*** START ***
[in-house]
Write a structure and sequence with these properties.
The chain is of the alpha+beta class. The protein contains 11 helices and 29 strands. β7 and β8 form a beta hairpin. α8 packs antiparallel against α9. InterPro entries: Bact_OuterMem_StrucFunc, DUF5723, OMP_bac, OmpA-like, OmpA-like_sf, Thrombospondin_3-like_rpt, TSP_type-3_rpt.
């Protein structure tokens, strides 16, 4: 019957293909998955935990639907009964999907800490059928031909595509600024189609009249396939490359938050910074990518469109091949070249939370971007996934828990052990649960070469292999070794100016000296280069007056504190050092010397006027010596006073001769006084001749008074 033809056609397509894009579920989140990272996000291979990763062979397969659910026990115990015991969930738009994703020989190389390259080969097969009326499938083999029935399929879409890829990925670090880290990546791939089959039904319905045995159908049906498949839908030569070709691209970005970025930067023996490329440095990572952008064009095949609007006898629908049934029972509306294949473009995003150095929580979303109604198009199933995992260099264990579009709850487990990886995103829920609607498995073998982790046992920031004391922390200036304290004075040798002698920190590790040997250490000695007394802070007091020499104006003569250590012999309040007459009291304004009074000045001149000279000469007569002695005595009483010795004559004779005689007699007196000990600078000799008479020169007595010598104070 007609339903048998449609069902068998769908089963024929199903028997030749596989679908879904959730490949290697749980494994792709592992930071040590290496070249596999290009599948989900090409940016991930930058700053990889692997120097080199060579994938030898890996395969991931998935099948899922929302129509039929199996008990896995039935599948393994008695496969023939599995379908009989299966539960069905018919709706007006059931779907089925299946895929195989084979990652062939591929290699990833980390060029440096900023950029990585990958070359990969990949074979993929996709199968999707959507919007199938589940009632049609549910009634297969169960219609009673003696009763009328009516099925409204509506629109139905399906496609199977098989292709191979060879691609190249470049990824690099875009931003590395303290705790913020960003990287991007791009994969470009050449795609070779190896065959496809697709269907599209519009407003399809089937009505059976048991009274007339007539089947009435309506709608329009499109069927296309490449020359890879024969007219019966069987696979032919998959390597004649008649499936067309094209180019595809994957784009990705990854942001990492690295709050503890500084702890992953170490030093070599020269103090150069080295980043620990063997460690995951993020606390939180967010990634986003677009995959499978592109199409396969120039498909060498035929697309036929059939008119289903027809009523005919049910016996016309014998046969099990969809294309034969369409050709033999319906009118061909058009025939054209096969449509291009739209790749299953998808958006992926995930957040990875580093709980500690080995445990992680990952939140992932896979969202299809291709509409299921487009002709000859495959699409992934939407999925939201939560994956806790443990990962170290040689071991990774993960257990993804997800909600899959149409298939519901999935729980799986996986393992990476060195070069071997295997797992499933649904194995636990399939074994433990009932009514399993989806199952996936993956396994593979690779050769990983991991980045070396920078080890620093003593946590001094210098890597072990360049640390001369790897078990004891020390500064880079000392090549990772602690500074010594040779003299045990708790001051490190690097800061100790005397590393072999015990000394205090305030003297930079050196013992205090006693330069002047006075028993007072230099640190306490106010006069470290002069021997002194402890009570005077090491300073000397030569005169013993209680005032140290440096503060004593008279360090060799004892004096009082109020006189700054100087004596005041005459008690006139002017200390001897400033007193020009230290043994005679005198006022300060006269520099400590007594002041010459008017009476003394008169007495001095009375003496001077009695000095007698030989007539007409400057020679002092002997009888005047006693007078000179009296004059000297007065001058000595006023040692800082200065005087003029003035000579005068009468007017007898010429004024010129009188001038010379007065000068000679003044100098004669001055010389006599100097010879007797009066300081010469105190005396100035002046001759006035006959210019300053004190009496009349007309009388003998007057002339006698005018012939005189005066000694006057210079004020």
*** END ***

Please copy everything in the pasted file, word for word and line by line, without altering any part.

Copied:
[in-house]
Write a structure and sequence with these properties.
The chain is of the alpha+beta class. The protein contains 11 helices and 29 strands. β7 and β8 form a beta hairpin. α8 packs antiparallel against α9. InterPro entries: Bact_OuterMem_StrucFunc, DUF5723, OMP_bac, OmpA-like, OmpA-like_sf, Thrombospondin_3-like_rpt, TSP_type-3_rpt.
């Protein structure tokens, strides 16, 4: 019957293909998955935990639907009964999907800490059928031909595509600024189609009249396939490359938050910074990518469109091949070249939370971007996934828990052990649960070469292999070794100016000296280069007056504190050092010397006027010596006073001769006084001749008074 033809056609397509894009579920989140990272996000291979990763062979397969659910026990115990015991969930738009994703020989190389390259080969097969009326499938083999029935399929879409890829990925670090880290990546791939089959039904319905045995159908049906498949839908030569070709691209970005970025930067023996490329440095990572952008064009095949609007006898629908049934029972509306294949473009995003150095929580979303109604198009199933995992260099264990579009709850487990990886995103829920609607498995073998982790046992920031004391922390200036304290004075040798002698920190590790040997250490000695007394802070007091020499104006003569250590012999309040007459009291304004009074000045001149000279000469007569002695005595009483010795004559004779005689007699007196000990600078000799008479020169007595010598104070 007609339903048998449609069902068998769908089963024929199903028997030749596989679908879904959730490949290697749980494994792709592992930071040590290496070249596999290009599948989900090409940016991930930058700053990889692997120097080199060579994938030898890996395969991931998935099948899922929302129509039929199996008990896995039935599948393994008695496969023939599995379908009989299966539960069905018919709706007006059931779907089925299946895929195989084979990652062939591929290699990833980390060029440096900023950029990585990958070359990969990949074979993929996709199968999707959507919007199938589940009632049609549910009634297969169960219609009673003696009763009328009516099925409204509506629109139905399906496609199977098989292709191979060879691609190249470049990824690099875009931003590395303290705790913020960003990287991007791009994969470009050449795609070779190896065959496809697709269907599209519009407003399809089937009505059976048991009274007339007539089947009435309506709608329009499109069927296309490449020359890879024969007219019966069987696979032919998959390597004649008649499936067309094209180019595809994957784009990705990854942001990492690295709050503890500084702890992953170490030093070599020269103090150069080295980043620990063997460690995951993020606390939180967010990634986003677009995959499978592109199409396969120039498909060498035929697309036929059939008119289903027809009523005919049910016996016309014998046969099990969809294309034969369409050709033999319906009118061909058009025939054209096969449509291009739209790749299953998808958006992926995930957040990875580093709980500690080995445990992680990952939140992932896979969202299809291709509409299921487009002709000859495959699409992934939407999925939201939560994956806790443990990962170290040689071991990774993960257990993804997800909600899959149409298939519901999935729980799986996986393992990476060195070069071997295997797992499933649904194995636990399939074994433990009932009514399993989806199952996936993956396994593979690779050769990983991991980045070396920078080890620093003593946590001094210098890597072990360049640390001369790897078990004891020390500064880079000392090549990772602690500074010594040779003299045990708790001051490190690097800061100790005397590393072999015990000394205090305030003297930079050196013992205090006693330069002047006075028993007072230099640190306490106010006069470290002069021997002194402890009570005077090491300073000397030569005169013993209680005032140290440096503060004593008279360090060799004892004096009082109020006189700054100087004596005041005459008690006139002017200390001897400033007193020009230290043994005679005198006022300060006269520099400590007594002041010459008017009476003394008169007495001095009375003496001077009695000095007698030989007539007409400057020679002092002997009888005047006693007078000179009296004059000297007065001058000595006023040692800082200065005087003029003035000579005068009468007017007898010429004024010129009188001038010379007065000068000679003044100098004669001055010389006599100097010879007797009066300081010469105190005396100035002046001759006035006959210019300053004190009496009349007309009388003998007057002339006698005018012939005189005066000694006057210079004020």